The Tied House Pub System in England

As a follow-up to the post below about the dying English pubs, it's worth expanding on a point Joe made in comments. English pubs compete in a dramatically different regulatory environment than those in the US. Our system, as you know, ensures that pubs are wholly independent--US law mandates that a distributor act as a middle-man between the brewery and the pub. These rules were created as a protection against the English system, where breweries directly owned pubs--a system known as "tied house."

That system is still in place, and it may be a major reason pubs are in trouble. Beer sales are dropping precipitously in the UK--down 22% since 1979. The largest drop is among the "premium lager" segment. Sound familiar? (Cause and effect are not easy to tease apart here. Some blame the drop-off in pub sales as the cause, and cite a recent smoking ban and the rise in prices. But that isn't convincing, either--sales have been dropping for at least a decade. Long before last year's smoking ban and recent spike in taxes on draft pints.) But what to make of the simultaneous, contrasting trend of the boom in English craft breweries, who saw sales increase 11% last year?

This is one of those times when regulation may be a problem. Since the tied-house system has been in place, it has stymied competition. In the 1980s, a government commission looked into the situation and unanimously concluded "a monopoly exists in favour of those brewers who own tied houses." Furthermore:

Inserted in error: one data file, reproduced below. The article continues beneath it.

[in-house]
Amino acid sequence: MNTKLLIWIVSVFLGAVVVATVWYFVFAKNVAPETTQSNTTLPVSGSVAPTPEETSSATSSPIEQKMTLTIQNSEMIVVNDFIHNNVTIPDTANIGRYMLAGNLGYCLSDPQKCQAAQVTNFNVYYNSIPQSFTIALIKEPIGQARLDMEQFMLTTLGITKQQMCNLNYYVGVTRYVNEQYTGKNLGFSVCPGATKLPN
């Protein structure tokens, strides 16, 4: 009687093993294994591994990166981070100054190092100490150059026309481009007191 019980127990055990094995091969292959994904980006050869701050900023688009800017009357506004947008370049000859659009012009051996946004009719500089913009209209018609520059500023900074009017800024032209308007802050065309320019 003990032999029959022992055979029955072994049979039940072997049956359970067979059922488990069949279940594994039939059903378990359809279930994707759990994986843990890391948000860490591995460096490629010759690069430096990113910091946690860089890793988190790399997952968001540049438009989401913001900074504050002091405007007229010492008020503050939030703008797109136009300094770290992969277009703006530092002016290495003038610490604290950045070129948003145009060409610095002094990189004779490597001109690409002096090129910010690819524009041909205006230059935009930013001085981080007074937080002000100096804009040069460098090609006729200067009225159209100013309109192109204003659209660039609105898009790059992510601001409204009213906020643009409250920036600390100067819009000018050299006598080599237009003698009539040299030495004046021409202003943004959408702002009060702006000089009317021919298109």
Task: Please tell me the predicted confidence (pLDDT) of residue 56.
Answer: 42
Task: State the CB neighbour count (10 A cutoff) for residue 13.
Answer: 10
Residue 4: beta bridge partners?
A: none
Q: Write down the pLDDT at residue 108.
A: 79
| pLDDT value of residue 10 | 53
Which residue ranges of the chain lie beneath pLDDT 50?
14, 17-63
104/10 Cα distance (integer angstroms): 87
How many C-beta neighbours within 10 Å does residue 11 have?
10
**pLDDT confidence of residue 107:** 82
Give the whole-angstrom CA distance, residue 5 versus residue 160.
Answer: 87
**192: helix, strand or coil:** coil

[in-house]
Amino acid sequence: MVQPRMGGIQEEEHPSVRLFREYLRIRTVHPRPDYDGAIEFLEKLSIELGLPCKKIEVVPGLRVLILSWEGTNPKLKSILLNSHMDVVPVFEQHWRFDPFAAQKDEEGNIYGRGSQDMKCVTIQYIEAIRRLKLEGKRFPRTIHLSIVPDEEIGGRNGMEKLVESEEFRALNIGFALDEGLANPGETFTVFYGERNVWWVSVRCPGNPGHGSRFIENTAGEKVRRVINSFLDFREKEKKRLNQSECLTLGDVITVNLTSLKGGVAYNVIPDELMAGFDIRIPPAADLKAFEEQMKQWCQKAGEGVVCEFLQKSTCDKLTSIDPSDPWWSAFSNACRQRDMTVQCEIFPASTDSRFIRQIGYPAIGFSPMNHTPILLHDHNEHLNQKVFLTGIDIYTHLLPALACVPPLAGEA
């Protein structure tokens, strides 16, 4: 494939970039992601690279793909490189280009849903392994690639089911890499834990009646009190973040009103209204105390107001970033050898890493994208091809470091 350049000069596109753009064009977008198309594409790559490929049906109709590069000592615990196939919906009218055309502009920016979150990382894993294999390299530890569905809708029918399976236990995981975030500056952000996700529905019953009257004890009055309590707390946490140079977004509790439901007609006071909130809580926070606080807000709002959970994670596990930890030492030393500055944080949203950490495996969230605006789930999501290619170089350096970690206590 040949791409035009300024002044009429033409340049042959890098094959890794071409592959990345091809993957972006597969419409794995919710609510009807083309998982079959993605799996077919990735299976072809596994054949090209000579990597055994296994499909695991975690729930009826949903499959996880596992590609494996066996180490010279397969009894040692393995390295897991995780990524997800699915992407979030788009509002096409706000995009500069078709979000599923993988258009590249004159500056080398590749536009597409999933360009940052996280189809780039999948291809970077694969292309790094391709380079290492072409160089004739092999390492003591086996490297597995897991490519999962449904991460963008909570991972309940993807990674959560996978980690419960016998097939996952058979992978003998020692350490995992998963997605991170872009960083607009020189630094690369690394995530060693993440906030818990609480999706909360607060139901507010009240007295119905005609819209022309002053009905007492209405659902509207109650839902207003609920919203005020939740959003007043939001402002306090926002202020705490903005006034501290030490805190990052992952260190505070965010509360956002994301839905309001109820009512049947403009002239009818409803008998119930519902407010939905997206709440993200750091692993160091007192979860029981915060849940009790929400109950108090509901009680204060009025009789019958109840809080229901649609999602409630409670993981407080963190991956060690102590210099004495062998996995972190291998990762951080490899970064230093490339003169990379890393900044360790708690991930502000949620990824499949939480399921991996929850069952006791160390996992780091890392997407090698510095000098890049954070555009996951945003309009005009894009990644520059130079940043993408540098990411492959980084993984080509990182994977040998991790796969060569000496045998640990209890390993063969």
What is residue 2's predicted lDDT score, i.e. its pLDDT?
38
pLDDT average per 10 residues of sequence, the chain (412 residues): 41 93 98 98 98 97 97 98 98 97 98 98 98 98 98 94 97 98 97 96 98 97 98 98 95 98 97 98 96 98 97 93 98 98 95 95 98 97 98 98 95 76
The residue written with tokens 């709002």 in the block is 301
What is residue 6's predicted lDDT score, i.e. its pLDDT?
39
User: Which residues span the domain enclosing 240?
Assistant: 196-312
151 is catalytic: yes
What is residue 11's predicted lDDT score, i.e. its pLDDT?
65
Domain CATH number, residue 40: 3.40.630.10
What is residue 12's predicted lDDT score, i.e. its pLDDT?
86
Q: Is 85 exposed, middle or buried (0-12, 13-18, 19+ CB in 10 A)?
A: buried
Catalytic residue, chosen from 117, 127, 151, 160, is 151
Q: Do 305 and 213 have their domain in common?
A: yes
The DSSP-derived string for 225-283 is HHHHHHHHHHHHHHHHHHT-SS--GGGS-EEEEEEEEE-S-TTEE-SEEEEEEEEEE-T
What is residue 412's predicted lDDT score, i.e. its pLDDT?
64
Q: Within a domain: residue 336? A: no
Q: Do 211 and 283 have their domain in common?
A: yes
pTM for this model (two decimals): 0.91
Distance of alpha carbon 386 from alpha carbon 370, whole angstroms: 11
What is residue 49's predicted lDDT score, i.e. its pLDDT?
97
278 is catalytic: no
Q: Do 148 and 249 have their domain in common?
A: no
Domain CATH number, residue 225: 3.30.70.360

"Brewers are protected from competition in supplying their managed and tenanted estates because other brewers do not have access to them. Even in the free trade many brewers prefer to compete by offering low-interest loans, which then tie the outlet to them, rather than by offering beer at lower prices. Wholesale prices are higher than they would be in the absence of the tie. This inevitably feeds through into high retail prices."
In other words, the vicious cycle of high prices and dropping sales is a result of non-competition. The result of the commission was the Supply of Beer law, an apparently successful effort at opening the market. It was subsequently repealed. (Interesting question for follow-up: what effect did the Supply of Beer law have on provoking the rise of small craft-breweries in England, and what has been the result of its repeal on them?)

I am, as you all know, both a foe of the power of US distributors as well as a pinko commie. I am therefore leery of blind boosterism of free markets. In this case, it seems like a no-brainer, however. As long as the UK keeps the tied-house system in place, the market is going to suffer a more violent reckoning as a result of changing consumer tastes that it would if it were more open.